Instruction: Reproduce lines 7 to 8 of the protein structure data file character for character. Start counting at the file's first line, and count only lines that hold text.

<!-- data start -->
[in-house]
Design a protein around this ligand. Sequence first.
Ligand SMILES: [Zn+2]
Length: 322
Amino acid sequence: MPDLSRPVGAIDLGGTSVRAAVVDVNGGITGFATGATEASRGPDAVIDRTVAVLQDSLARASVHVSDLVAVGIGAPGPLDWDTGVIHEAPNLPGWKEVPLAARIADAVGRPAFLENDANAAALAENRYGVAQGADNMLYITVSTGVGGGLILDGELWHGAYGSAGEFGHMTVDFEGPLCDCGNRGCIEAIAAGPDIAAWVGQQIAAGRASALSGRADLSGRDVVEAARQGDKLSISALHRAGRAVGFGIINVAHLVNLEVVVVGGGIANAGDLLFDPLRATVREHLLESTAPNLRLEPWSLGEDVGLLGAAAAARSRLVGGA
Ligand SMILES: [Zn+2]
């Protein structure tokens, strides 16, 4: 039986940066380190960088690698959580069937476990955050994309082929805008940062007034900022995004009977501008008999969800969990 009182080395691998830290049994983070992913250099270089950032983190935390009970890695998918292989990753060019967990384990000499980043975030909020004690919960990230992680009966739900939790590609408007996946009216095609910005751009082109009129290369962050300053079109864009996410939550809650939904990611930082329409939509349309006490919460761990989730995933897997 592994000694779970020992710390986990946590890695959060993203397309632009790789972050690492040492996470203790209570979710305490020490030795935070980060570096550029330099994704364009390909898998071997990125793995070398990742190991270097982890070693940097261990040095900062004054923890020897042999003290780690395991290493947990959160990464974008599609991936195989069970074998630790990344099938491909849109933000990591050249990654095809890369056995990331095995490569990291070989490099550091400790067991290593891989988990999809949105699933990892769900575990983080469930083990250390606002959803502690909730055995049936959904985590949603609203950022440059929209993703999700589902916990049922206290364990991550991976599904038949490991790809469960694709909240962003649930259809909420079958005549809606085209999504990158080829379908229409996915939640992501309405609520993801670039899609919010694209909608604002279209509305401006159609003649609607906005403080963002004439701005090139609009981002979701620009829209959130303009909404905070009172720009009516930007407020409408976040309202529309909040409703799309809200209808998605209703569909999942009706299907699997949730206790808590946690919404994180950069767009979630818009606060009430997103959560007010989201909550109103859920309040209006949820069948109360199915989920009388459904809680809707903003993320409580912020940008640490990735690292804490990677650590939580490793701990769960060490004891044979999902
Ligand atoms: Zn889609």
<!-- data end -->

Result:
């Protein structure tokens, strides 16, 4: 039986940066380190960088690698959580069937476990955050994309082929805008940062007034900022995004009977501008008999969800969990 009182080395691998830290049994983070992913250099270089950032983190935390009970890695998918292989990753060019967990384990000499980043975030909020004690919960990230992680009966739900939790590609408007996946009216095609910005751009082109009129290369962050300053079109864009996410939550809650939904990611930082329409939509349309006490919460761990989730995933897997 592994000694779970020992710390986990946590890695959060993203397309632009790789972050690492040492996470203790209570979710305490020490030795935070980060570096550029330099994704364009390909898998071997990125793995070398990742190991270097982890070693940097261990040095900062004054923890020897042999003290780690395991290493947990959160990464974008599609991936195989069970074998630790990344099938491909849109933000990591050249990654095809890369056995990331095995490569990291070989490099550091400790067991290593891989988990999809949105699933990892769900575990983080469930083990250390606002959803502690909730055995049936959904985590949603609203950022440059929209993703999700589902916990049922206290364990991550991976599904038949490991790809469960694709909240962003649930259809909420079958005549809606085209999504990158080829379908229409996915939640992501309405609520993801670039899609919010694209909608604002279209509305401006159609003649609607906005403080963002004439701005090139609009981002979701620009829209959130303009909404905070009172720009009516930007407020409408976040309202529309909040409703799309809200209808998605209703569909999942009706299907699997949730206790808590946690919404994180950069767009979630818009606060009430997103959560007010989201909550109103859920309040209006949820069948109360199915989920009388459904809680809707903003993320409580912020940008640490990735690292804490990677650590939580490793701990769960060490004891044979999902
Ligand atoms: Zn889609």